### Hans H. Diebner's Research

## Epidemiological Standard SIR Model

The simplest epidemiological SIR system obeys the differential equations
dS/dt = -

dI/dt =

dR/dt =

*a*SIdI/dt =

*a*SI -*b*IdR/dt =

*b*I
The population under consideration consists of susceptibles (healthy individuals subject to infection),

*S*, infected individuals,*I*, and removed/recovered individuals,*R*, (here immune individuals). The graphics shows the time course of these three sub-populations: S(t) red, I(t) green, R(t) blue. Parameter values: b=0.02, a=0.02...0.2 (tuneable with slider).The dynamics starts with a relative population of

*S(t=0) = 0.99*, i.e., with 99% susceptible índividuals and with a very small infected fraction of 1%, i.e.,

*I(t=0) = 0.01*. The relative infection rate,

*a*, which can also be interpreted as successful contact rate between the individuals with respect to the infection determines the velocity at which the infection propagates. The spread of infection is proportional both to the number of susceptibles and the number of infected individuals. The susceptibles, therefore, decrease at a rate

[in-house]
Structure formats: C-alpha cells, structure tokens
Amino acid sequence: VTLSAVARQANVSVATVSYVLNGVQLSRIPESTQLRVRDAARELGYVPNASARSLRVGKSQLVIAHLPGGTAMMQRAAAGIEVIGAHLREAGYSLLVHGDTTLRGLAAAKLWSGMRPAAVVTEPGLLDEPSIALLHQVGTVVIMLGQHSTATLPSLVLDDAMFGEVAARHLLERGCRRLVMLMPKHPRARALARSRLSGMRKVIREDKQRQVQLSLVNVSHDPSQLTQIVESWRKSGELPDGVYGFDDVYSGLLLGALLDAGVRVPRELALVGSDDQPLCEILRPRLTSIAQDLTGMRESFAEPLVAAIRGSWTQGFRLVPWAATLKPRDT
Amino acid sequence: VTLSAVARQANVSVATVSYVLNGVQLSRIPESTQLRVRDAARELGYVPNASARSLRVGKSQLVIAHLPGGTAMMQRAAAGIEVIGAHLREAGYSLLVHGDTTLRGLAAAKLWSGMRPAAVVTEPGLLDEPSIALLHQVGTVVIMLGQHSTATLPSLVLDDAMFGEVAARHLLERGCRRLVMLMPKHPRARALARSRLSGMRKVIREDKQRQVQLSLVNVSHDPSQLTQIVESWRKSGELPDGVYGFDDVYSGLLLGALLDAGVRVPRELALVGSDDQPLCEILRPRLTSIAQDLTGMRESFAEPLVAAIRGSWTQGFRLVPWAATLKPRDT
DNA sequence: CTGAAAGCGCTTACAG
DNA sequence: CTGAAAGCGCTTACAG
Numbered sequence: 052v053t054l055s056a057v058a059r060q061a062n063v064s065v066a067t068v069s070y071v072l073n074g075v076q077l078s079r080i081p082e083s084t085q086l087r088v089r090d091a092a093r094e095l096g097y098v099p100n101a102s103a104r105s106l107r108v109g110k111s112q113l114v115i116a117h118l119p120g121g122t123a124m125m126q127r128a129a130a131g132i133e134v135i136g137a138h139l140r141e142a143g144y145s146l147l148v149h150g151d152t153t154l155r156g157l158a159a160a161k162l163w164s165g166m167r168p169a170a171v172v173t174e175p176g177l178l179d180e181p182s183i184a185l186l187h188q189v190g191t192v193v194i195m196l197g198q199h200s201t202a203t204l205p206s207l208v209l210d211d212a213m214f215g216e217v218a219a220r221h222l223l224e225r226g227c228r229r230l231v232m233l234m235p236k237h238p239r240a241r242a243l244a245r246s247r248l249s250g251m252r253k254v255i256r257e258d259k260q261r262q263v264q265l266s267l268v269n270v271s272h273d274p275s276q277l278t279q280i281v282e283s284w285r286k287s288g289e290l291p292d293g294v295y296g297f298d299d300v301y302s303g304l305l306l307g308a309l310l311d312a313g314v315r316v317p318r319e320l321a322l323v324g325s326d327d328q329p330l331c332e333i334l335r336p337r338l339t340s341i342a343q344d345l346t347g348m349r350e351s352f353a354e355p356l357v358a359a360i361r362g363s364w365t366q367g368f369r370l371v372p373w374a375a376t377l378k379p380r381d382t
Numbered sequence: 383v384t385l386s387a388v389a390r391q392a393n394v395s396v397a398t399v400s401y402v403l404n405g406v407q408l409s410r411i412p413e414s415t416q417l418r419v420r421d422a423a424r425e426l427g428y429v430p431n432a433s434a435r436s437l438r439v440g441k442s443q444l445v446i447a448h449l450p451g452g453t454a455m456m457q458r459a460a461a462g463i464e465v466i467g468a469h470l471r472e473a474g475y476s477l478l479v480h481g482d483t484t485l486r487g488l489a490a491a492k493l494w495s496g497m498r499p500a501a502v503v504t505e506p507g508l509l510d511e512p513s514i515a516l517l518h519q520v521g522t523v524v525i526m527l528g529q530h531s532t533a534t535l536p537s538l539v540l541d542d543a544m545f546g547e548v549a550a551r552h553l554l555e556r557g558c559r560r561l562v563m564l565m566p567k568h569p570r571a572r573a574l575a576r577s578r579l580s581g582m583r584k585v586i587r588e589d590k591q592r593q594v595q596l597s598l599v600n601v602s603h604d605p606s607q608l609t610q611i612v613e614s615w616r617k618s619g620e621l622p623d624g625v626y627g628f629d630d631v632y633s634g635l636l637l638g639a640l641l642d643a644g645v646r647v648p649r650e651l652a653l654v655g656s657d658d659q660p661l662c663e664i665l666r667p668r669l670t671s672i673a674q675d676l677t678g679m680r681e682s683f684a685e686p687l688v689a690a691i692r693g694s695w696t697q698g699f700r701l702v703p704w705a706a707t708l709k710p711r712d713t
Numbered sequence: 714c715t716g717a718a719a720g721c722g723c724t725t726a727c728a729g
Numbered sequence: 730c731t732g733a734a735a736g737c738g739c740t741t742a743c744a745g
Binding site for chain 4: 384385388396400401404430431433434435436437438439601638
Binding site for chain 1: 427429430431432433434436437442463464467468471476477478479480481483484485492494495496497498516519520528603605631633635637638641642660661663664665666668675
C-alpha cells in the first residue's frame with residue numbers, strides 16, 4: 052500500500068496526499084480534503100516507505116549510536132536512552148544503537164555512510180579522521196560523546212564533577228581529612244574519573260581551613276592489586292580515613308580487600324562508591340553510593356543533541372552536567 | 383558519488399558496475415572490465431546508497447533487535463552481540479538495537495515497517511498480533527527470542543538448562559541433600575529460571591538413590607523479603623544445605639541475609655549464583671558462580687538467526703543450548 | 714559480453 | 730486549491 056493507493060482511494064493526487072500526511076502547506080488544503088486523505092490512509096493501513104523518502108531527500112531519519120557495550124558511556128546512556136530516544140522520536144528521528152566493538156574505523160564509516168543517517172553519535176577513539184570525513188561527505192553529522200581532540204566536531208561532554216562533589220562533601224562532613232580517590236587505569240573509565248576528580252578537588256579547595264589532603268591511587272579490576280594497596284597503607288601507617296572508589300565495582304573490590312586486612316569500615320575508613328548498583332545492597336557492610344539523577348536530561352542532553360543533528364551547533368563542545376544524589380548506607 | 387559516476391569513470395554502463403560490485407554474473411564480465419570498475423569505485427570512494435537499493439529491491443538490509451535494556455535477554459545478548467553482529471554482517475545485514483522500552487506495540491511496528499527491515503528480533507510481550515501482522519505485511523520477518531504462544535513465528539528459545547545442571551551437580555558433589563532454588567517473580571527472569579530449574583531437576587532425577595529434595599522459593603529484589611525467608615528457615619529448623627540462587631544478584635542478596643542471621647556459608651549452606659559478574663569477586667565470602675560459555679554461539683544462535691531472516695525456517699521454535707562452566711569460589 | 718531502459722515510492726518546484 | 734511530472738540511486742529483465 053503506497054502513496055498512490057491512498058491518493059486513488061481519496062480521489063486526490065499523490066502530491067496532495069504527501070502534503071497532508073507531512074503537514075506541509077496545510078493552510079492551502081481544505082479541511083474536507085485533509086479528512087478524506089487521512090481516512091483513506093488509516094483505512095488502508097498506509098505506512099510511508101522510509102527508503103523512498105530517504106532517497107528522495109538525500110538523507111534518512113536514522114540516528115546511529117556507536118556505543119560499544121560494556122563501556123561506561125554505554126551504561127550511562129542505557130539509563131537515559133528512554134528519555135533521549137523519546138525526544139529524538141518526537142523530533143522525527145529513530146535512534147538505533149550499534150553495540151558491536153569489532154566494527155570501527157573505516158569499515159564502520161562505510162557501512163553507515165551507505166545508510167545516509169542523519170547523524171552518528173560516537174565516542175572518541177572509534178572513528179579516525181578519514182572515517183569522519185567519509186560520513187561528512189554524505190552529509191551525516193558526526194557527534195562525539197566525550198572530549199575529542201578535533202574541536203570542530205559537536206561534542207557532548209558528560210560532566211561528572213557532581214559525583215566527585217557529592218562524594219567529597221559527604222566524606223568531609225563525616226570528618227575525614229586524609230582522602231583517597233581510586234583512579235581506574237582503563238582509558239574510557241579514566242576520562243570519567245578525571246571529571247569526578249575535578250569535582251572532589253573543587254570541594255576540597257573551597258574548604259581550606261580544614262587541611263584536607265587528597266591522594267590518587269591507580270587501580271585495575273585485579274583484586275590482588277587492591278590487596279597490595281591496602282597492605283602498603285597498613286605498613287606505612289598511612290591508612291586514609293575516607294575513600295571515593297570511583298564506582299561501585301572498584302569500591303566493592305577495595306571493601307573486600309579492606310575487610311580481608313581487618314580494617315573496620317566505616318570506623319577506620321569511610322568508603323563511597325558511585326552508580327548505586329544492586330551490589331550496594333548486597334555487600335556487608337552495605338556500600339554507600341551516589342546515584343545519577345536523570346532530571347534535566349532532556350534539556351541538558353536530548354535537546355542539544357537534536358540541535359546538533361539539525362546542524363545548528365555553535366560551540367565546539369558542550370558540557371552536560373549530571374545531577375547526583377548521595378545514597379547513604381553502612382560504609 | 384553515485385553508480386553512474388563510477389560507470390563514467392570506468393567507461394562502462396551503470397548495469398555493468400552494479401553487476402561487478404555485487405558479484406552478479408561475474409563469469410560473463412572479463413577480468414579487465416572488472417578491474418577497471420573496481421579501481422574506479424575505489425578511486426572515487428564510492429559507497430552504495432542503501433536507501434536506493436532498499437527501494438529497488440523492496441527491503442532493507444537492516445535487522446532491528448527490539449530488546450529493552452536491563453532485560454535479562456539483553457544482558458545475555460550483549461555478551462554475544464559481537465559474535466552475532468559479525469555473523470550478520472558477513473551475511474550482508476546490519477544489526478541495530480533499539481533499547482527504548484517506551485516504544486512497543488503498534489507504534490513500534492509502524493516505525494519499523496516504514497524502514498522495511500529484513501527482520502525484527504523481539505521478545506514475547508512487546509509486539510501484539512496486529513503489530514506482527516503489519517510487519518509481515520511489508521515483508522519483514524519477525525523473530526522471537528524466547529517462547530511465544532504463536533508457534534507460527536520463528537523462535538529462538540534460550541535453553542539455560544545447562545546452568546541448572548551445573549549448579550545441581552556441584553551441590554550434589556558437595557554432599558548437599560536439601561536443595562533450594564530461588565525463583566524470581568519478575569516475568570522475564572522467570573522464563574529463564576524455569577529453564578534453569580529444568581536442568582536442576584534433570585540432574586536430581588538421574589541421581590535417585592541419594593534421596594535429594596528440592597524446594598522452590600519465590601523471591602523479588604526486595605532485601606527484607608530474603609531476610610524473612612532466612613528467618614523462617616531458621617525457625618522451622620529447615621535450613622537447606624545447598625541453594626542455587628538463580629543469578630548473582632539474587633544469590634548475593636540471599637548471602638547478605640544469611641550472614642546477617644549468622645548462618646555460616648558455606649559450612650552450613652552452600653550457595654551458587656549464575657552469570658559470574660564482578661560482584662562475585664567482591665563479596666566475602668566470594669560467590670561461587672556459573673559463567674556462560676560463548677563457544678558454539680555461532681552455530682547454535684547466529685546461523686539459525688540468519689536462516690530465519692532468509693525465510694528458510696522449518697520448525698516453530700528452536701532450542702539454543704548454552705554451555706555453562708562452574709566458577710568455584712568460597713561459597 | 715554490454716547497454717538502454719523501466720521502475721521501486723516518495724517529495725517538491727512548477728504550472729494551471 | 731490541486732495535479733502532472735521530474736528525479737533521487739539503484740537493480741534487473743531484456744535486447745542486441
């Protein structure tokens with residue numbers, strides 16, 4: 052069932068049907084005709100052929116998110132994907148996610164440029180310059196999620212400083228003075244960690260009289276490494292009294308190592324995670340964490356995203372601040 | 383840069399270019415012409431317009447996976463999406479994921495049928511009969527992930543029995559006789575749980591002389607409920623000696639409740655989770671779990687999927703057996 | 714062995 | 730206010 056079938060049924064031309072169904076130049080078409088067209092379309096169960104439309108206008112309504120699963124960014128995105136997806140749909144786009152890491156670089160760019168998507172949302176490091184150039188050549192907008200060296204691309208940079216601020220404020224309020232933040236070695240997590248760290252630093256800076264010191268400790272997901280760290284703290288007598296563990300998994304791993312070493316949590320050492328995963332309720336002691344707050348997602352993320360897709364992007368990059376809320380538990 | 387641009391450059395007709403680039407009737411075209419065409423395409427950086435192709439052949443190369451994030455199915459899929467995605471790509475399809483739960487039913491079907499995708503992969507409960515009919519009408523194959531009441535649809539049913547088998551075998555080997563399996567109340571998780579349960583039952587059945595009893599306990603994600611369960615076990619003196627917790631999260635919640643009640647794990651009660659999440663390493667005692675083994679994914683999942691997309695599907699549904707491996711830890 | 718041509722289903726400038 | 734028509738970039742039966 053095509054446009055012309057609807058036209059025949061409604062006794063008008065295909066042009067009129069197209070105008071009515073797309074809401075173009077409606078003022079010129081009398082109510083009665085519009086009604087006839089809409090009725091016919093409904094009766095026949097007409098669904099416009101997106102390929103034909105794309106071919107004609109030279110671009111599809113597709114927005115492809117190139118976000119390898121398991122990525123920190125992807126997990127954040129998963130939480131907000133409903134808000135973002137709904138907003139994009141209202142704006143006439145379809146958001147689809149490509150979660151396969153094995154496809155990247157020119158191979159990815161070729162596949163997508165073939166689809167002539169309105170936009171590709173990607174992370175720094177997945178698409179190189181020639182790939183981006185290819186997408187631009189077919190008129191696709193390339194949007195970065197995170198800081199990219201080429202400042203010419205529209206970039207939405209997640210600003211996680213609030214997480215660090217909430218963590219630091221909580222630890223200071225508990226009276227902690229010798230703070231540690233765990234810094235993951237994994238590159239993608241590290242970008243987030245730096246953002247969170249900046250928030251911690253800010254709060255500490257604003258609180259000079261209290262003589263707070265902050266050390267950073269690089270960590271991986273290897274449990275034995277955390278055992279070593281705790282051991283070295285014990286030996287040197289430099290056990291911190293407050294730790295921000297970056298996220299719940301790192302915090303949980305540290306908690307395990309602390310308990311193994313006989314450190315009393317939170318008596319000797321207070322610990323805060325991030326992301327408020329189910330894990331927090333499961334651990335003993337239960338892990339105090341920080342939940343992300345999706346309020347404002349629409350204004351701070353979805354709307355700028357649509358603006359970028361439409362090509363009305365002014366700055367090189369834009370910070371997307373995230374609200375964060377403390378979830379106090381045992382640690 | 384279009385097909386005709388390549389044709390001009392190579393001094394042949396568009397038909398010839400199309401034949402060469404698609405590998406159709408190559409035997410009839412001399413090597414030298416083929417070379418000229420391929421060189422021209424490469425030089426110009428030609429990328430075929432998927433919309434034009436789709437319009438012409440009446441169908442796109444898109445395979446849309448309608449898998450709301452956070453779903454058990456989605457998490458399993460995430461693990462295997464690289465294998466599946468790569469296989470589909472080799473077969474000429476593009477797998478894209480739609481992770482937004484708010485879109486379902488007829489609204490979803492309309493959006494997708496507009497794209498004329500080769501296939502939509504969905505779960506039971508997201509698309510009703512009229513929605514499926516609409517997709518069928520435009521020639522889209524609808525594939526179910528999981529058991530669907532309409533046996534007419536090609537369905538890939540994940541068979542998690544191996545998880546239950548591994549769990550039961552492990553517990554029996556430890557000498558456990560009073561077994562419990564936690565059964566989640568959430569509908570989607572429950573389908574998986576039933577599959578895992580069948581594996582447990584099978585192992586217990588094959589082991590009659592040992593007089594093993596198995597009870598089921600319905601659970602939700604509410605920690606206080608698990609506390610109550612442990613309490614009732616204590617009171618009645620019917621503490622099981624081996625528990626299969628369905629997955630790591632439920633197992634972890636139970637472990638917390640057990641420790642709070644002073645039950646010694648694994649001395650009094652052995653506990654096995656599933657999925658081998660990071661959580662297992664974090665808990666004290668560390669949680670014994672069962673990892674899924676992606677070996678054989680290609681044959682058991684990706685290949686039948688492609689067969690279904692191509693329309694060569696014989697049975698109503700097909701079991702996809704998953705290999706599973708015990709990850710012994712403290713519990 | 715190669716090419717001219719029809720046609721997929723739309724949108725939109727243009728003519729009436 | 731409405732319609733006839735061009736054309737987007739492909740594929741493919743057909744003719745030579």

*a*SI (negative sign), and the infected increase at the same rate (positive sign).

The infected individuals recover at a relative rate

*b*and become immune, i.e., the fraction of

*b*I is taken from the infected per time unit (negative sign) and shifted to the immune subgroup (positive sign). Towards the end of the epidemics the susceptible population fades out and the total population consists of immune individuals only. Inbetween the fraction of infected individuals increases initially and tends towards zero in the further time course, namely when all susceptibles run through the infection and eventually became immune.

The condition for the small initial infection not to increase reads:

dI/dt =

For an almost 100% susceptible polulation (S=1) it holds that *a*SI -*b*I < 0*a < b*has to be fulfilled. Please shift the slider to the leftmost position to have

*a = b = 0.02*, thus preventing an epidemic spread.